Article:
Because the idea of a standing army flew in the face of long-existing popular prejudices, the Federalists publicly avoided using the term. Nevertheless, they were committed to the peacetime maintenance of at least a small regular army not only as a model for the state militias and a nucleus for a wartime army but also as a source of security for the government.36 Certainly Hamilton believed, as he declared in 1794, that “government can never [be] said to be established until some signal display, has manifested its power of military coercion.”37 From the beginning many Federalists, including Secretary of War Henry Knox, regarded a regular army backed by a cohesive federalized militia as “a strong corrective arm” necessary for the national government to meet all crises “whether from internal or external causes.”38

AT THE MOMENT OF THE INAUGURATION of the new government, crises from external causes seemed the most pressing. These were crises that the weak Confederation government had been unable to deal with. They flowed from the fact that the Treaty of Paris in 1783 had given to the United States territory far beyond its actual settlements. The people of the original thirteen states occupied only about half of the territory of the newly enlarged country. Not only was this new territory occupied by Indians, but the borderlands of the trans-Appalachian West were dominated by Great Britain and Spain. Indeed, these European powers actually threatened the territorial integrity of the new nation. Much of the Federalists’ diplomacy in the 1790s was devoted to removing these threats.

Although the British had lost thirteen of their North American colonies in 1783, they had established a new colony, Canada, whose southern boundaries pointed like a dagger at the heartland of the United States. Moreover, the British refused to evacuate their forts in the Northwest Territory of the United States, even though they had promised to do so in the peace treaty in 1783. These forts—at Michilimackinac and Detroit in the west, at Niagara and Oswego on Lake Ontario, at Oswegatchie on the St. Lawrence, and at Dutchman’s Point and Point-au-Fer on Lake Champlain—controlled both the Indian country in the Northwest and the waterways along the American-Canadian border. Although the British had many reasons for continuing to hold these posts, they justified their action by claiming that the United States had prevented British subjects from recovering debts owed them by American citizens and thus had not fulfilled the terms of the peace treaty.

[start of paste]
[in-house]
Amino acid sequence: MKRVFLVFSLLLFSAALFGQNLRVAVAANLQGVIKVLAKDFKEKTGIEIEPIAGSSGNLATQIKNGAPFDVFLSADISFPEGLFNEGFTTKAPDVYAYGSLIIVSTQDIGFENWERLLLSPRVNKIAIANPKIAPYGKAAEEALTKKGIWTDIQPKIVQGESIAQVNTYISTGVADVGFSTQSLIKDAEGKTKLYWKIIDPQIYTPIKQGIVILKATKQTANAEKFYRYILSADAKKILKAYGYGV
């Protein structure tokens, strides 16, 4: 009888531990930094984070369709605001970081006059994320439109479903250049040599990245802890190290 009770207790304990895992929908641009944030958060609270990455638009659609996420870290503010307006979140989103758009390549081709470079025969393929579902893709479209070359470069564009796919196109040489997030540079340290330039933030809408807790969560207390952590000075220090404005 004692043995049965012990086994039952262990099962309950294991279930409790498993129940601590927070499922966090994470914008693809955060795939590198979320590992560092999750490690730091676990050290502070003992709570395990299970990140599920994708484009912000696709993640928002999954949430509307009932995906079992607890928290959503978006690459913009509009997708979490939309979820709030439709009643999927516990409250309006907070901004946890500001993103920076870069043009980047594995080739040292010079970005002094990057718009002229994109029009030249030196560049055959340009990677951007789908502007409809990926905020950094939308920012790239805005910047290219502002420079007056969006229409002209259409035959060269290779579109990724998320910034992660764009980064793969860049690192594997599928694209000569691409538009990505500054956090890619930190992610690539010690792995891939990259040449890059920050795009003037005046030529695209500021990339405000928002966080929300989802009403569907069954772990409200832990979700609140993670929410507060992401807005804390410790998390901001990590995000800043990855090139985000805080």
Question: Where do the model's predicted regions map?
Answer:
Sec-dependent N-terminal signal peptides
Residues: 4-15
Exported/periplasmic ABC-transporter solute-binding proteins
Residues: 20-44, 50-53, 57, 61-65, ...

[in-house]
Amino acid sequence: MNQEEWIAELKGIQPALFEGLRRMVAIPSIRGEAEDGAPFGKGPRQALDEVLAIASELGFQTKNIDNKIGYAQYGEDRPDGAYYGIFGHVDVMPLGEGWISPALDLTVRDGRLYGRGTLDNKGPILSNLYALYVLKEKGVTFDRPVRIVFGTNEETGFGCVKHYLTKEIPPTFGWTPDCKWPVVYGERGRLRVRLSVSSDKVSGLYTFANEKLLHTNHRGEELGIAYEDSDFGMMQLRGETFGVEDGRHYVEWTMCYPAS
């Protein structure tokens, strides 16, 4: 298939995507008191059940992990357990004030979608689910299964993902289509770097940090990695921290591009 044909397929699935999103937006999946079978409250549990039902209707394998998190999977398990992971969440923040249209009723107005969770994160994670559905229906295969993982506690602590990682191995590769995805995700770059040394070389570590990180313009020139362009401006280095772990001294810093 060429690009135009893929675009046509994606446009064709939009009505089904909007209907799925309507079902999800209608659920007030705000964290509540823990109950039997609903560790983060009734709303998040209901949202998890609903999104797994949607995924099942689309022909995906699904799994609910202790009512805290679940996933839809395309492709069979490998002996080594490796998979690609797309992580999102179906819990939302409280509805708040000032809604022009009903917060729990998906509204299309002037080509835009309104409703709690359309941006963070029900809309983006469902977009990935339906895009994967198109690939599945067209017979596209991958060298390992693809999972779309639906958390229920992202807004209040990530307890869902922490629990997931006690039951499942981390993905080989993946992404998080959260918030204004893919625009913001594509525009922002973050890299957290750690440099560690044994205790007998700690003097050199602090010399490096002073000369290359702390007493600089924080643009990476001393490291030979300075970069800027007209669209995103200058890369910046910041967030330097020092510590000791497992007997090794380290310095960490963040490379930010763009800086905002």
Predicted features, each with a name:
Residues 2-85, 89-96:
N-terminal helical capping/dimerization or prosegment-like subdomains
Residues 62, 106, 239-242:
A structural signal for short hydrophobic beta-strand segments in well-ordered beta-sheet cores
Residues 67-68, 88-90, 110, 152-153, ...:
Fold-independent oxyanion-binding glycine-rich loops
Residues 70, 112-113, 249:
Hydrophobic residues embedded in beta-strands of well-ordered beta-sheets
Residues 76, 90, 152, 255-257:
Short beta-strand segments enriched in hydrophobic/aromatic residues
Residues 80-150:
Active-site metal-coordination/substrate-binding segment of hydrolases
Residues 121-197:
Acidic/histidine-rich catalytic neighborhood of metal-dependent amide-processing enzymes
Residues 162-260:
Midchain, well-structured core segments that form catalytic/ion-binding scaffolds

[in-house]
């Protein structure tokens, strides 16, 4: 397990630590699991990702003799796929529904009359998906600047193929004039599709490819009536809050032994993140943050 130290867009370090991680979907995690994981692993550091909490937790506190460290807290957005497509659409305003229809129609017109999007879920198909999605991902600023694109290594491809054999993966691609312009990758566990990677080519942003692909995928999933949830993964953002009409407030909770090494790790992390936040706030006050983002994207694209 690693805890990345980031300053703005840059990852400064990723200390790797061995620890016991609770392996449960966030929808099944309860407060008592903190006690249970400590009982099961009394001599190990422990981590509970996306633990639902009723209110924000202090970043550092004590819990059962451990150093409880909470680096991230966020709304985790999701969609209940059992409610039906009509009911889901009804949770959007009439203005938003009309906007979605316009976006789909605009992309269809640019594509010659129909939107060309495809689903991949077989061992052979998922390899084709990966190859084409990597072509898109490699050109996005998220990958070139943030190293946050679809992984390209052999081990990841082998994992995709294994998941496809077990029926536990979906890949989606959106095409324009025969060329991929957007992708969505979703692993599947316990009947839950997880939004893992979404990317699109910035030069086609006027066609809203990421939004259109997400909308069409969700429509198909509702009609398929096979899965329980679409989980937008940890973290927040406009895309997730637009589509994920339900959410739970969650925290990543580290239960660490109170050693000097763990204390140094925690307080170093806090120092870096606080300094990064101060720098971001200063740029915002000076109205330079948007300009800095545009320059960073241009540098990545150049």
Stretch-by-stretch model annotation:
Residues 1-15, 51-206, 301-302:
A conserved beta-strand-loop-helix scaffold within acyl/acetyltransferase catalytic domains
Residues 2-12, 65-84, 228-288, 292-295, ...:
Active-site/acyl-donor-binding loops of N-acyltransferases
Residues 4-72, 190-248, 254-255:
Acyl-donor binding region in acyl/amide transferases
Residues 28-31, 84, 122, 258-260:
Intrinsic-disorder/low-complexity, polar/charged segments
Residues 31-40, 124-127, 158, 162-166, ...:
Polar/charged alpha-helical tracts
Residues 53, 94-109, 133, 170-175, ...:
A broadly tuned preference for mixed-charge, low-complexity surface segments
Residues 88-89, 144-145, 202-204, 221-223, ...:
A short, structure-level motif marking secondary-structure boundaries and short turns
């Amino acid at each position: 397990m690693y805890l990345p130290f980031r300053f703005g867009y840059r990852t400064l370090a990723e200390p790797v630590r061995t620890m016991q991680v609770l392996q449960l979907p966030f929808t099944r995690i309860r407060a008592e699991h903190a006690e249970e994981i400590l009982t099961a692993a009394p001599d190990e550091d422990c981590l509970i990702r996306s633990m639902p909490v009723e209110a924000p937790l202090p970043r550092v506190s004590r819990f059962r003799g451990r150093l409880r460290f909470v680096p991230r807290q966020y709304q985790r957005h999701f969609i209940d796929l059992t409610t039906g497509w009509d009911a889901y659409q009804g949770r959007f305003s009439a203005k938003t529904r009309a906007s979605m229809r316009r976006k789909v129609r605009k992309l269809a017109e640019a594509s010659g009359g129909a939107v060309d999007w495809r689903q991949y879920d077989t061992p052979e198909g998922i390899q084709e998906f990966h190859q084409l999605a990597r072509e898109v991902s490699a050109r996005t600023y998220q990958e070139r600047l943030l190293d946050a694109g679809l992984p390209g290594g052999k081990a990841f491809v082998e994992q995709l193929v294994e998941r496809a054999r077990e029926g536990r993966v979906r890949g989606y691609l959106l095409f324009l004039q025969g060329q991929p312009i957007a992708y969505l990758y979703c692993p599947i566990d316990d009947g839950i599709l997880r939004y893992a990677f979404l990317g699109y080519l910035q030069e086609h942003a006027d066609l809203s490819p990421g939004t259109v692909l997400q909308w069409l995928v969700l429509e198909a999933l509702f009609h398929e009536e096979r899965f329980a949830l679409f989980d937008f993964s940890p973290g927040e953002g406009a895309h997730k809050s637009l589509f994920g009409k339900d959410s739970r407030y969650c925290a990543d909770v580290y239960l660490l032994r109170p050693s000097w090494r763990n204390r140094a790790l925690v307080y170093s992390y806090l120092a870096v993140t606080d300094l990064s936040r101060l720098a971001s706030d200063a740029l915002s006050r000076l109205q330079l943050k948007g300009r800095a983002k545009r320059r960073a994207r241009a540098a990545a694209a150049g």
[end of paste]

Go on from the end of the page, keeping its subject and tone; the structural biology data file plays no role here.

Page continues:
From their positions in Canada and the Northwest forts, the British encouraged the Indians to resist American demands for land, supported the formation of an Indian confederacy under the remarkable leadership of the Mohawk Joseph Brant, who had been educated at Eleazar Wheelock’s school in Lebanon, Connecticut, and intrigued with dissident elements in the territories of Kentucky and Vermont. Levi Allen, one of the Allen brothers who had helped establish Vermont, actually tried to negotiate a commercial treaty with the British and get Britain to recognize Vermont’s independence and possibly unite it with Canada. The Northwest borderlands of the United States were extremely vulnerable to British meddling.